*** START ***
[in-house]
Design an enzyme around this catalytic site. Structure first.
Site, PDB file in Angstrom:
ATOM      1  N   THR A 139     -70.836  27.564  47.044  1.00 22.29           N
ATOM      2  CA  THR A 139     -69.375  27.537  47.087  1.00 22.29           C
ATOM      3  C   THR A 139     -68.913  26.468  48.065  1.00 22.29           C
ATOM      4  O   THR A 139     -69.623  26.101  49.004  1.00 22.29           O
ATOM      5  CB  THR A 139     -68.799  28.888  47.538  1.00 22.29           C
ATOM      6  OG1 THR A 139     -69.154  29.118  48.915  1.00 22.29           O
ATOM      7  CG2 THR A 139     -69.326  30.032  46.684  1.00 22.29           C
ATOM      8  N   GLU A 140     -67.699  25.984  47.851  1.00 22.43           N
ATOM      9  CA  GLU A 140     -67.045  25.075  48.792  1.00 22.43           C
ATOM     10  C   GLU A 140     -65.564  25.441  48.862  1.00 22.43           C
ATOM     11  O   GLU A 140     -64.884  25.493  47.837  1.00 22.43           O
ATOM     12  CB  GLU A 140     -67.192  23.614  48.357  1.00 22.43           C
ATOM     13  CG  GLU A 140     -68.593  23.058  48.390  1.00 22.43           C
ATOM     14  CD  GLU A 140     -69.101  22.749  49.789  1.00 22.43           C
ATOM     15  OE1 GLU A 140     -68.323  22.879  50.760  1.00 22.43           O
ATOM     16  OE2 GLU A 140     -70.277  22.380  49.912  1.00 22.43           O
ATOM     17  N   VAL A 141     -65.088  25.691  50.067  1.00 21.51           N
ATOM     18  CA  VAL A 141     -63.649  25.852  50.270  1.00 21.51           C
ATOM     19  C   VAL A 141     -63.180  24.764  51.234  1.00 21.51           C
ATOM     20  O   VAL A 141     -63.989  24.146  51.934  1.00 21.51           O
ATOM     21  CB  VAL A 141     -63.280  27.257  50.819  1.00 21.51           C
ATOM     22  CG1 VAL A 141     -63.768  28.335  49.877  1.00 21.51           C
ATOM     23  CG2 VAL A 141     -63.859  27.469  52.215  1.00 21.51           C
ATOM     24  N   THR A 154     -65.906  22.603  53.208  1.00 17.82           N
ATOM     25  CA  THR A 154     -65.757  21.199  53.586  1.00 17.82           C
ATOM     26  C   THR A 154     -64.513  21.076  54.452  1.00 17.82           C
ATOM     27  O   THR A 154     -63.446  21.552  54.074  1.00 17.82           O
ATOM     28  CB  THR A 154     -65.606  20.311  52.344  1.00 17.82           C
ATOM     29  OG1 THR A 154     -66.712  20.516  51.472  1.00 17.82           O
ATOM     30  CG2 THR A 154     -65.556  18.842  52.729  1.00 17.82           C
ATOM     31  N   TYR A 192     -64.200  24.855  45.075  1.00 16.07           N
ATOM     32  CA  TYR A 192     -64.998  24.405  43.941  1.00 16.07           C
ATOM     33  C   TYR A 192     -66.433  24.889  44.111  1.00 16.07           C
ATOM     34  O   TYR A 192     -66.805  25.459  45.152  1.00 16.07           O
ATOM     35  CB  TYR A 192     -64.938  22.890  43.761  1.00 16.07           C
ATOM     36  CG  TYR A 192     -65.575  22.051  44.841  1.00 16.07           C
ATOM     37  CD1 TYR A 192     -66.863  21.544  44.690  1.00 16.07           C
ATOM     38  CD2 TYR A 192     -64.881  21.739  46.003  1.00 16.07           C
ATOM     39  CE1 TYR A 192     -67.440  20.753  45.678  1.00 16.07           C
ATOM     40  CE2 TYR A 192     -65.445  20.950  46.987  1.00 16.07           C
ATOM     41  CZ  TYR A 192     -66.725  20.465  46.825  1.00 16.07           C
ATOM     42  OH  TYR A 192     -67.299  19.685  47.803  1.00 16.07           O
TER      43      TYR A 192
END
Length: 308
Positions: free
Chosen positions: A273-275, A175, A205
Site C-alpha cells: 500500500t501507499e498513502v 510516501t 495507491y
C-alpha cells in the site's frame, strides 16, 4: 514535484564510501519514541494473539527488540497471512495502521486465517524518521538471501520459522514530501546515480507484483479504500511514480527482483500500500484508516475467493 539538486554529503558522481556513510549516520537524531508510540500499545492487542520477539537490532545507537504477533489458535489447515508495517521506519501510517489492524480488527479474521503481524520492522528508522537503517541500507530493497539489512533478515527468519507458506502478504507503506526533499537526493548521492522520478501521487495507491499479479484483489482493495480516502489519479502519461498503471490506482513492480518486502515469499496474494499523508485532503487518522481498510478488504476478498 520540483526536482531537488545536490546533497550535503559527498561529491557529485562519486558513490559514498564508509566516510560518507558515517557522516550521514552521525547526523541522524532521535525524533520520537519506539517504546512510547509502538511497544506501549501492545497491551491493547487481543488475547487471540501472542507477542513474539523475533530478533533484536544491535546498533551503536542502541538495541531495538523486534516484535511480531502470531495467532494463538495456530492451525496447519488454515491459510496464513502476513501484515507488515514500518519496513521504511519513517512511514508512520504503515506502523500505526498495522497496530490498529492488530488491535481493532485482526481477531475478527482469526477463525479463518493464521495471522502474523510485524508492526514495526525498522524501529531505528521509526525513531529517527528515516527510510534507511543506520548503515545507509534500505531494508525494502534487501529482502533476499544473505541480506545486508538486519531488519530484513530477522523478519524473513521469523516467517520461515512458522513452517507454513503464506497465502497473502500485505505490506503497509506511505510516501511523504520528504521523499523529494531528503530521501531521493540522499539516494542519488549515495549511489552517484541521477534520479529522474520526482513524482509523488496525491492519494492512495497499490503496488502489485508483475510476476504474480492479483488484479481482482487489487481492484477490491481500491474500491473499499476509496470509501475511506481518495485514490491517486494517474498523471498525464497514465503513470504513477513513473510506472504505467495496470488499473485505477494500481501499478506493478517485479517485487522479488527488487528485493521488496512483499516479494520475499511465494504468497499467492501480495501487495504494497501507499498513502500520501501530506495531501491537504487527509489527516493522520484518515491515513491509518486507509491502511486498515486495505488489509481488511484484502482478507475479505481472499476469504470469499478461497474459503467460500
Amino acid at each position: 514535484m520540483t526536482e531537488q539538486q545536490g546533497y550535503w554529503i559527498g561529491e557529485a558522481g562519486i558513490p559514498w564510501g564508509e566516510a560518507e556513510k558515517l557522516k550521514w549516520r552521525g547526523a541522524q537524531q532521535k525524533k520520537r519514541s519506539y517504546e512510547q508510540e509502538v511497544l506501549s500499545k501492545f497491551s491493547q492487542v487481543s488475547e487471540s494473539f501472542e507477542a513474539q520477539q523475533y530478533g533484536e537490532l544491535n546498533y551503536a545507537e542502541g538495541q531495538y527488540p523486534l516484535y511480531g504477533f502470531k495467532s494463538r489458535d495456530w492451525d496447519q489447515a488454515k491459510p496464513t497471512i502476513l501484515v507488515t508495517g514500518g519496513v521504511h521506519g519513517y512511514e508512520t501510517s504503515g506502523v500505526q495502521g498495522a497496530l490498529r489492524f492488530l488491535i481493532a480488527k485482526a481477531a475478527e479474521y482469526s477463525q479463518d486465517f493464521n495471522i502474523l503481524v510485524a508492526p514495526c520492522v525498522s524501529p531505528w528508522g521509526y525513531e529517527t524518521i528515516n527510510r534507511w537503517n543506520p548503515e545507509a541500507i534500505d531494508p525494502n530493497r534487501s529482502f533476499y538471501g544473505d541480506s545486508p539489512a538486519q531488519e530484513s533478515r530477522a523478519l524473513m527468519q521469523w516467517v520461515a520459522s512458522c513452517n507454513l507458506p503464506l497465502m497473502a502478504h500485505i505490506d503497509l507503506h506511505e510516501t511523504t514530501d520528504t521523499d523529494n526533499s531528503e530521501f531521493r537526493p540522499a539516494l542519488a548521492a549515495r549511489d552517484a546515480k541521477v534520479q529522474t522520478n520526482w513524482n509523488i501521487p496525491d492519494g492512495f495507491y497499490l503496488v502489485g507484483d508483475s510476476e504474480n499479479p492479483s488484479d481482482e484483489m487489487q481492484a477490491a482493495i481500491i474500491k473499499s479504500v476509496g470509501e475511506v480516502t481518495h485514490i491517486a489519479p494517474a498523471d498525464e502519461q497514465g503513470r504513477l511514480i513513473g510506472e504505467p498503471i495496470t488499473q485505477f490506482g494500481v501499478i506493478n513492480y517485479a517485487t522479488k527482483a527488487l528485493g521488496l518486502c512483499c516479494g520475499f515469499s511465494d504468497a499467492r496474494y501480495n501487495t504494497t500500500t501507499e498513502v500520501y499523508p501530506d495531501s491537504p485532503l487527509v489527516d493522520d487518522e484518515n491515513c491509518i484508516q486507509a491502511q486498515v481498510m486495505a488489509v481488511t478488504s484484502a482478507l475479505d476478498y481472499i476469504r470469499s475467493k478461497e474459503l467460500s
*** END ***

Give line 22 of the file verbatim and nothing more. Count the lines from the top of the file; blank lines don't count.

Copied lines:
ATOM     19  C   VAL A 141     -63.180  24.764  51.234  1.00 21.51           C